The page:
As some of you may remember, I made a number of promises regarding the frequency and content of posts I intended to make during my time in Korea. What I in turn came to realize is that I really shouldn’t promise to do anything for anyone under any circumstances ever. I simply cannot be trusted. You can string me up and throw stones at me if that will help release your pent-up frustration, but what’s done is done… or rather, what was never done will remain… un-done…? Okay, moving on.
I apologize for not posting yesterday, but I had been anticipating the fact that I wouldn’t be able to since these past two days have been rather jam-packed. We moved out of our winter break host families’ houses (except for Ami who doesn’t have to move ㅠㅠ), spent the night together in a hostel, where we all hung out together eating snacks and talking until three in the morning, and today we had our winter break wrap-up/spring semester orientation after which we prompty moved in with our new families. If I wasn’t so long-winded and if it didn’t seem like it would be painfully boring, I would describe all of that in detail, but instead I’ll just tell you all about my first impression of my new host family.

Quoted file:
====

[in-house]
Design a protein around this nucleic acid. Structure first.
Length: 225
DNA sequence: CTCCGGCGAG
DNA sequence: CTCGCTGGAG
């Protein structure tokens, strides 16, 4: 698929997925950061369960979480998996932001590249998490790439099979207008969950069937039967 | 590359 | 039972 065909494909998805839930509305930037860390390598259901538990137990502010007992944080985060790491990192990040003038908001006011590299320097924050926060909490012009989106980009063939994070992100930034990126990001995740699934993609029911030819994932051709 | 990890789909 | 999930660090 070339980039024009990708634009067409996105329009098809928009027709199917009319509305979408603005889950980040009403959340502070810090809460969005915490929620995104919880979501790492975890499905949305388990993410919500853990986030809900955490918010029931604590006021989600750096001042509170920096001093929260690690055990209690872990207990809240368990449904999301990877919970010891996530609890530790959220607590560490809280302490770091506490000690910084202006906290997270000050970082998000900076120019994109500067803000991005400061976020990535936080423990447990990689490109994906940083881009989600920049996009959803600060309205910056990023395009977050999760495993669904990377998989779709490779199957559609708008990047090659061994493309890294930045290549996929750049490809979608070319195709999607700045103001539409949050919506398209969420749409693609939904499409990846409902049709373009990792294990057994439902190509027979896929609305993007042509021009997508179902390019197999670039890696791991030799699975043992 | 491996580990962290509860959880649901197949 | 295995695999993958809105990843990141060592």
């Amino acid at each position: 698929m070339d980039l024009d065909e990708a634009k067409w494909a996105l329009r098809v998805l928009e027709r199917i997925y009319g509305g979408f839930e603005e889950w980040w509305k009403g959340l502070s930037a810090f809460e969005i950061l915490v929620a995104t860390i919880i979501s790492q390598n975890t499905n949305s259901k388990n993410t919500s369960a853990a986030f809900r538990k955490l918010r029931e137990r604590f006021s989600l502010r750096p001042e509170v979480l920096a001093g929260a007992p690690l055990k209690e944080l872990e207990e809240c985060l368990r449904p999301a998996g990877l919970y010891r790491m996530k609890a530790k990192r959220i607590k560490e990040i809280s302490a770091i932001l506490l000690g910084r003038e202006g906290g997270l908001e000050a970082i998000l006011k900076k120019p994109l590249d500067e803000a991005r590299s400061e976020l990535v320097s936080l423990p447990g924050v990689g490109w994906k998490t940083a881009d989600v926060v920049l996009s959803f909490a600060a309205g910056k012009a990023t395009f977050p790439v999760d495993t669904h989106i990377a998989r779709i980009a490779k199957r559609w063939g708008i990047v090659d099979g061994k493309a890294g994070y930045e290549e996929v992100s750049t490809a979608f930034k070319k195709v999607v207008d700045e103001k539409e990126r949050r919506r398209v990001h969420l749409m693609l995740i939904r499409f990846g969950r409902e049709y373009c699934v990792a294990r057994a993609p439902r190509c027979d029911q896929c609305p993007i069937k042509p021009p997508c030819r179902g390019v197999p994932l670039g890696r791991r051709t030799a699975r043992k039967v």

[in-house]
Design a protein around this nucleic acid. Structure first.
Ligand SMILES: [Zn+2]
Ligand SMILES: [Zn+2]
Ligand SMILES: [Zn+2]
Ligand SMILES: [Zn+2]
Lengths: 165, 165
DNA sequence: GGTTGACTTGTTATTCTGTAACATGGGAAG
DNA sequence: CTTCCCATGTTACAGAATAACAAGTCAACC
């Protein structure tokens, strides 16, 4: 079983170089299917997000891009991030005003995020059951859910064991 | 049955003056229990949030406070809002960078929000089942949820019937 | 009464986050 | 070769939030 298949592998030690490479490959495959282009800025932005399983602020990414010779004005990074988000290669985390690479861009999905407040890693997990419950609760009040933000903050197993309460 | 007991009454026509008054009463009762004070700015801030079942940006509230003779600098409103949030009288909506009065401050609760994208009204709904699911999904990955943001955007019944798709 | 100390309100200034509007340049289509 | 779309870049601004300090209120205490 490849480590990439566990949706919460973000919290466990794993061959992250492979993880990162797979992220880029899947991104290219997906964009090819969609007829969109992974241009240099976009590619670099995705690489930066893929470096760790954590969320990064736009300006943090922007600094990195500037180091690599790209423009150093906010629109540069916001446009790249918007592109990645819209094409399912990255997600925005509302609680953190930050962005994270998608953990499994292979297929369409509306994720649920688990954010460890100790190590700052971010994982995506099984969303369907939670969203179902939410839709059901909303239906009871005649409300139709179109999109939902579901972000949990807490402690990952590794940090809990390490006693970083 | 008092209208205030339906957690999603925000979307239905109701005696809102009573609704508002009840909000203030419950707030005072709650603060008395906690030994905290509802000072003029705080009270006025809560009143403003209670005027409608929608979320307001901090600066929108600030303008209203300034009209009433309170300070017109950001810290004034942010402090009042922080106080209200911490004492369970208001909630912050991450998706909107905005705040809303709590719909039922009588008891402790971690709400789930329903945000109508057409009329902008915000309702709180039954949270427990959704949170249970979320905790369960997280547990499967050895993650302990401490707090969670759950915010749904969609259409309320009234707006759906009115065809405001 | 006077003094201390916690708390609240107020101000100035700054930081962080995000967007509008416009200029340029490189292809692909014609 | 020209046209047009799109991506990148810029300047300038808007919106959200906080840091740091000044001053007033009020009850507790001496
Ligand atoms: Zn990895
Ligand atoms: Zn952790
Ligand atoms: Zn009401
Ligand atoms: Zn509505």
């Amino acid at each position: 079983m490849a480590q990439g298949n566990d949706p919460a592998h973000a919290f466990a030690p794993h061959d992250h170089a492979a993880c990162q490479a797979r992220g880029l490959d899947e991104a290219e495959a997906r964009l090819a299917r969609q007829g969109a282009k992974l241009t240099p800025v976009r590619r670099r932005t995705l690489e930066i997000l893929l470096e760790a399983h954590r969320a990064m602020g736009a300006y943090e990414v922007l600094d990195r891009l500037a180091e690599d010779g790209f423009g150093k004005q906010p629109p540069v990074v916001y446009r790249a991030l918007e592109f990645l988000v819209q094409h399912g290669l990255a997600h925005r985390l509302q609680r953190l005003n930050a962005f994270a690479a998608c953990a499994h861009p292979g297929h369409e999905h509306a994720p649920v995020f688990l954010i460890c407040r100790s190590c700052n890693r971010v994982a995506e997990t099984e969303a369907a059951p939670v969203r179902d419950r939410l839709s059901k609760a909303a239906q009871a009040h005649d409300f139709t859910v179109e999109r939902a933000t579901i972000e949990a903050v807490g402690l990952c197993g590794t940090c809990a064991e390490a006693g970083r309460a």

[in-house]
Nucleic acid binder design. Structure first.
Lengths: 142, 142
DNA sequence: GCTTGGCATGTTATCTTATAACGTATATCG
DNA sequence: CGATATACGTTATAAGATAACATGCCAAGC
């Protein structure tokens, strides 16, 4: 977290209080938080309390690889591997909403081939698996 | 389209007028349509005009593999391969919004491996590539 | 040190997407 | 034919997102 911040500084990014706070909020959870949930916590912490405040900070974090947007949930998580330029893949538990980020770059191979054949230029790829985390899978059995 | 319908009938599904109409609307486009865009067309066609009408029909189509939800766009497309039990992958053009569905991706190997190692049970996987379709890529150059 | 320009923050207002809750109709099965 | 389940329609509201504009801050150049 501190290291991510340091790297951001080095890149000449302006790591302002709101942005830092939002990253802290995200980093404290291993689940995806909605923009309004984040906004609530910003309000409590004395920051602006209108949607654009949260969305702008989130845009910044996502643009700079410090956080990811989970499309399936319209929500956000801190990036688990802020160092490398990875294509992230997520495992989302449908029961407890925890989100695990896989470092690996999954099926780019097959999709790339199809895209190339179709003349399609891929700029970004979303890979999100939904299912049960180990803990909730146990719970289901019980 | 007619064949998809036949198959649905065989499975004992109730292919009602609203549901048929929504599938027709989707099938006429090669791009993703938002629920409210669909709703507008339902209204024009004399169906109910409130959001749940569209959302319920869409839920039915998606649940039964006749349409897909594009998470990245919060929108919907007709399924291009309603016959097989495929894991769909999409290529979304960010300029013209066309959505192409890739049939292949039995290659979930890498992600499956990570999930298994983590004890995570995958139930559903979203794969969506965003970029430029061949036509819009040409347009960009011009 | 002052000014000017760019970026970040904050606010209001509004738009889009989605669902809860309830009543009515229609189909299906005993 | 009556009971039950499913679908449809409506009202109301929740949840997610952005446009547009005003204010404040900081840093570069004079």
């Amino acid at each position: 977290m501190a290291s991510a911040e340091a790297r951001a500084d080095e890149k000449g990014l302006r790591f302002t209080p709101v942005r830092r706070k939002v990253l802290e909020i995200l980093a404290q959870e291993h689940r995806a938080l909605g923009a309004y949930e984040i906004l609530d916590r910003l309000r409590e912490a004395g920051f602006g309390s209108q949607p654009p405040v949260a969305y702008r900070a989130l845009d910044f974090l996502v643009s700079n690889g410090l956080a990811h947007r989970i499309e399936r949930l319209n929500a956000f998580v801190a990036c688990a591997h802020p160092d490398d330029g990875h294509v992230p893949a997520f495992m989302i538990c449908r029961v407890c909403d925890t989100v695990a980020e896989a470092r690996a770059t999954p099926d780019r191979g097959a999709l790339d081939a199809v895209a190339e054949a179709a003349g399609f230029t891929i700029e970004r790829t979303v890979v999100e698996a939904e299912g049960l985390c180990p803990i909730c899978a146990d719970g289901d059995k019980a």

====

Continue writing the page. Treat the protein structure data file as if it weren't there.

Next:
Beforehand, however, it’s important to understand that the relationship I’d had with my first host family was not a positive one – in fact it was hardly a relationship at all. The family had never been particularly welcoming, in my opinion, so I felt uncomfortable being around the members of my family and therefore spent the majority of my time holed up in my room or, on the rare occasion that nobody was home, relished the freedom of being able to walk freely about the house. During my four months I sometimes questioned both why they had chosen to host me in the first place, since they seemed to have had zero interest in me being there, and whether the awkwardness was my own fault for not reaching out enough or doing something else wrong. Even though my experience with my winter break family was by far more pleasant and I left them on a happy note, I still had an underlying anxiety about my new family and how they would receive me.